Screening: Postpartum Depression

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Harvard Medical School
Chrome 2001
Chrome 2001

Screening: Postpartum Depression

Guiding Your Child Through The Infant Year
Injury and Illness Prevention
Screening: Postpartum Depression
Screening: Postpartum Depression
Learn the warning signs of postpartum depression.
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Reviewed by the Faculty of Harvard Medical School


Mothers often feel joy and excitement after having a baby, but almost all mothers also feel exhausted, sleep-deprived and overwhelmed by the responsibilities of caring for a newborn. They may experience other unsettling emotions, such as sadness or anxiety. Approximately 8 of every 10 mothers go through a period of mild sadness or anxiety. This experience is called baby blues (also referred to as postpartum blues or maternity blues). Some experts believe that baby blues are caused by hormonal changes after pregnancy; others think these emotions occur as mothers adjust to the reality of life with a newborn. Baby blues usually begin 2 or 3 days after delivery, last for a few days, and go away without any treatment.

On the other hand, about 1 of every 10 women develops postpartum depression. Postpartum depression is a significant dip in mood that may start several days to weeks after childbirth. It lasts longer than the blues, and often requires treatment. Mothers with postpartum depression feel intense sadness, anxiety, fear or despair and these feelings may steadily worsen. In some cases, a mother's thoughts become unrealistic and there may be physical symptoms, too, like sleeplessness or too much sleep, or a marked decrease or increase in appetite. Postpartum depression is a serious illness that interferes with a mother's ability to care for herself and her child.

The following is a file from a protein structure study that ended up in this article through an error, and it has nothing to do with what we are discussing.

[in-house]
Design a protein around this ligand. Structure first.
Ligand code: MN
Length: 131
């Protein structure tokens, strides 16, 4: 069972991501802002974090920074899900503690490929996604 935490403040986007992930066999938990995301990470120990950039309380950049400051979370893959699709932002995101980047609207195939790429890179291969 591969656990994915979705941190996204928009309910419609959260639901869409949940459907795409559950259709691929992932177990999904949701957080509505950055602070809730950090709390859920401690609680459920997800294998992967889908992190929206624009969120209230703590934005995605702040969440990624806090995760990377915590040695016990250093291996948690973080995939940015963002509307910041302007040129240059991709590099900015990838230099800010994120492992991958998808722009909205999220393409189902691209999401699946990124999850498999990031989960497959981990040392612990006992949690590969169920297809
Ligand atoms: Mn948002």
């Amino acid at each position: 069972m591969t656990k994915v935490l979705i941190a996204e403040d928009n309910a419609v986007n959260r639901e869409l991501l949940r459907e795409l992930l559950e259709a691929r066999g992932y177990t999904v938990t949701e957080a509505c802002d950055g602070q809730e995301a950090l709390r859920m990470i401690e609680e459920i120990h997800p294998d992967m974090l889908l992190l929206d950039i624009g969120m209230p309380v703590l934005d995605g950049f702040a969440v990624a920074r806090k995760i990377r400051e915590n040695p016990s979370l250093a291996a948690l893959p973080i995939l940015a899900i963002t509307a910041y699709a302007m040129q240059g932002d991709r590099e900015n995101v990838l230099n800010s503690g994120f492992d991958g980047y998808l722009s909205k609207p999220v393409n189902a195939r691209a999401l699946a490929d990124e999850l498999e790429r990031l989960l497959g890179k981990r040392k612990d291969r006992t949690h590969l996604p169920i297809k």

To see whether you may have symptoms that suggest postpartum depression, answer the following questions:
  • Are you having trouble falling asleep?
  • Are you waking up early and are unable to fall back to sleep?
  • Are you sleeping (or do you want to sleep) most of the time, even when the baby is awake?
  • Has your appetite changed (eating either too much or not enough)?
  • Do you feel anxious?
  • Do you feel worthless or insecure?
  • Do you feel sad?
  • Do you cry for no apparent reason?
  • Do you feel angry at your new baby, your partner or your other children?
  • Have you lost interest in things that used to bring you pleasure?
  • Do you feel like a failure as a mother?
  • Do you feel as though you do not love your baby as much as you should?
  • Are you having difficulty concentrating?
  • Are you having a hard time making decisions?
  • Are you afraid that you might hurt your baby?
  • Are you afraid to be left alone in the house with your baby?
  • Have you thought about hurting yourself?
Most mothers will answer yes to at least some of the questions above during the first week or two after childbirth. If you have any questions, however, discuss your feelings with your doctor.
In addition, call your doctor immediately if:
  • You are worried that you may harm yourself or your baby
  • Any of these symptoms makes it hard for you to care for your baby
  • You have any of these symptoms for more than two weeks
  • You start to have these symptoms one to two months after childbirth
  • You have any other concerns

Remember that caring for a newborn is demanding and exhausting, both physically and emotionally. Do not hesitate to contact your obstetrician, your baby's doctor or the nursery where your baby was born to discuss your concerns. It is essential to your health and the health of your baby that you get the help you need.

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postpartum depression,anxiety,appetite
Last updated September 24, 2014

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